Considered by most to have been the first mercenary company in Western Europe, the Catalan Company hailed from the Kingdom of Aragon in north-eastern Spain. They were raised in 1281 to engage in the War of the Sicilian Vespers, wherein Aragon sought to maintain control of Sicily and Naples against the Angevin Dynasty. After twenty years of warfare, the Peace of Caltabellotta was attained in Sicily and the residents of that island were eager to see the last of the Catalan Company. Fortunately, the commander (Rutger von Blum, also known as Roger de Flor; a former sergeant of the Knights Templar) negotiated a favourable deal with the Byzantine Emperor (Andronikos II) to aid the Byzantines in avenging their defeat at Nicomedia in July of 1302; Andronikos had reduced the army, allowing the Ottomans to overrun the countryside.
The Catalans arrived - with the assistance of Frederick III of Sicily - in September of 1303, de Flor marrying the daughter of the Bulgarian Tsar and acquiring the title of Megaduke (equivalent to an Admiral), as he had been promised. Unfortunately, though, de Flor’s history showed through; having previously charged extortionate fees to shuttle fugitives from Acre to Cyprus (using a Templar galley, no less) during the city’s fall in 1291 and having spent many years in piratical trades (notwithstanding the general disposition of the mercenaries), it is perhaps unsurprising that the Company almost immediately engaged in bloody street warfare with resident Genoese merchants. Desiring to reduce the damage wrought upon his city, the Emperor shipped them to Anatolia, where they were to assist the beleaguered city of Philadelphia which had been entirely surrounded by Turks for several years. To assist them, a contingent of Alan cavalry (survivors of Nicomedia) was provided. All did not go as planned, though. The Catalans and Alans had a falling out, culminating in the death of 300 Alans (including the chieftain’s son) and the desertion of all but 1000 others. From this point on, there was little legitimacy in the Company’s actions as they spent the months pursuant to their landing at Cyzicus in 1303 raiding the lands between Sardis, Magnesia and Ephesus. They then struck north, across the Bosporus to land at Neapolis (in Gallipoli). Swollen with 3000 Turkish horsemen and the heady sensation of success, de Flor began to aspire to creating his own version of Byzantium in Anatolia, which obviously cancelled whatever contract he may still have held with his newest nemesis.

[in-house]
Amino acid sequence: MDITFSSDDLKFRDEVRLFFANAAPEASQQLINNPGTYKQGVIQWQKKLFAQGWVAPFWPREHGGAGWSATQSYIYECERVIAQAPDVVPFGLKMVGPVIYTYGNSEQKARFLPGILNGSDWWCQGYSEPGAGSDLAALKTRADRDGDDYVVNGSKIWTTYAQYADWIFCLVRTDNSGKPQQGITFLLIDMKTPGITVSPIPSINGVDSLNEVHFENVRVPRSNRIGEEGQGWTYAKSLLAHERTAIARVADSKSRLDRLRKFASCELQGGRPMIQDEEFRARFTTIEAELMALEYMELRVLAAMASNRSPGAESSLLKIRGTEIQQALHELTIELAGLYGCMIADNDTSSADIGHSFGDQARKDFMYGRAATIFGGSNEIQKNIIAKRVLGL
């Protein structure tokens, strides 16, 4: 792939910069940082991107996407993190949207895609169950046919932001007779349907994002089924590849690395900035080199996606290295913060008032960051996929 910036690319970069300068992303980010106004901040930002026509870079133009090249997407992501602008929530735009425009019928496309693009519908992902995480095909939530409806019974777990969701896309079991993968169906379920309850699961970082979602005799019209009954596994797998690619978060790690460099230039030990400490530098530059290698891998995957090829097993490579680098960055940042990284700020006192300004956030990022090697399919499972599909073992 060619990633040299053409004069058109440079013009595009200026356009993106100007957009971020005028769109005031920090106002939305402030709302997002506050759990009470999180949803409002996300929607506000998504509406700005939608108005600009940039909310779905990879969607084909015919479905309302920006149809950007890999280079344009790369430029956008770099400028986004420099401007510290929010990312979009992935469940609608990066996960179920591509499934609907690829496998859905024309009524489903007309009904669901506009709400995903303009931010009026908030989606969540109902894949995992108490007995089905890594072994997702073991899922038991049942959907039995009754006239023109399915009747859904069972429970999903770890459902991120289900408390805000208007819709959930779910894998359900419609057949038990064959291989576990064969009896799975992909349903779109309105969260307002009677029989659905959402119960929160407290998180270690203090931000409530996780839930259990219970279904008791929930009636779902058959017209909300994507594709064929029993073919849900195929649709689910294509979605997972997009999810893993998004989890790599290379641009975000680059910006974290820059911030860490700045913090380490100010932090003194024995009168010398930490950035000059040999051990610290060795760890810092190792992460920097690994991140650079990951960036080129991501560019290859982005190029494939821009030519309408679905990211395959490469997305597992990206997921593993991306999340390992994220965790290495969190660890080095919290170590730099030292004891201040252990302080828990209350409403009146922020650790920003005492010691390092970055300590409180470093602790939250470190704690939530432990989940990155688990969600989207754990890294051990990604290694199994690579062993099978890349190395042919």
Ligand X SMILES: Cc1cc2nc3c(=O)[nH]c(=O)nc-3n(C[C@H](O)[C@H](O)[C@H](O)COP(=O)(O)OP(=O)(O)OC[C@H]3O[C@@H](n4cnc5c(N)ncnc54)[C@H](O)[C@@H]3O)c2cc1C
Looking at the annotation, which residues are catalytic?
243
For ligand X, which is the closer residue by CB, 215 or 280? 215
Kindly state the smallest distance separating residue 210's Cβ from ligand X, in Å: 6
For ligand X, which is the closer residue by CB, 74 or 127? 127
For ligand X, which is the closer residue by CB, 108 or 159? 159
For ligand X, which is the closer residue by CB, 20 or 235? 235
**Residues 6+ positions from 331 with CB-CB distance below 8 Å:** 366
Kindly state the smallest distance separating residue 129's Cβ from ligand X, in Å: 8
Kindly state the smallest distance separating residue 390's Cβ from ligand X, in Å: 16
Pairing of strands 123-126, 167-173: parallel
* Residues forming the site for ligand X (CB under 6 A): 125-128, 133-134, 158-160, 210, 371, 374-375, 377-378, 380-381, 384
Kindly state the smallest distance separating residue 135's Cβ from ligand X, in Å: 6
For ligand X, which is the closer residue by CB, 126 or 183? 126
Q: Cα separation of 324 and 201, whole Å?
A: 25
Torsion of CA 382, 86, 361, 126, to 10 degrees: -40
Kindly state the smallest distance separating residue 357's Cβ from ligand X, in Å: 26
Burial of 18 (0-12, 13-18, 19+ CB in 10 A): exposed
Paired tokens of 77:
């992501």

Alan cavalrymen fell upon the Catalan Company, assassinating de Flor in April of 1305 and shattering the Company (which also suffered Genoese reprisals). Other - less successful - Byzantine attacks caused their numbers to dwindle (widely recorded as 206 horsemen and 1256 infantry) and the Company would have been utterly destroyed if not for a trickle of Aragonese and Catalonian recruits and the desertion of a number of disgruntled Turkish Byzantine soldiers. Angered by the killing of de Flor and a genocidal campaign against Aragonese and Catalonian citizens, the vaunted ‘Catalonian Revenge’ was unleashed. Now fighting under the administration of Ramón Muntaner, they defeated a large Byzantine army at Apros in 1305 (the Byzantines’ loss is generally attributed to the flight of the Alan support cavalry who were fearful of Catalan wrath). Their piratical tendencies grew stronger and from the years 1306-1307, operating from the captured city of Rhaidestos, they attempted a blockade of Constantinople (which was unsuccessful) and conducted many raids throughout Thrace. They were forced out in 1308, however, by Byzantine resistance and subsequently settled into Salonica (Thessaly), plundering Greek Orthodox monasteries at Mount Athos.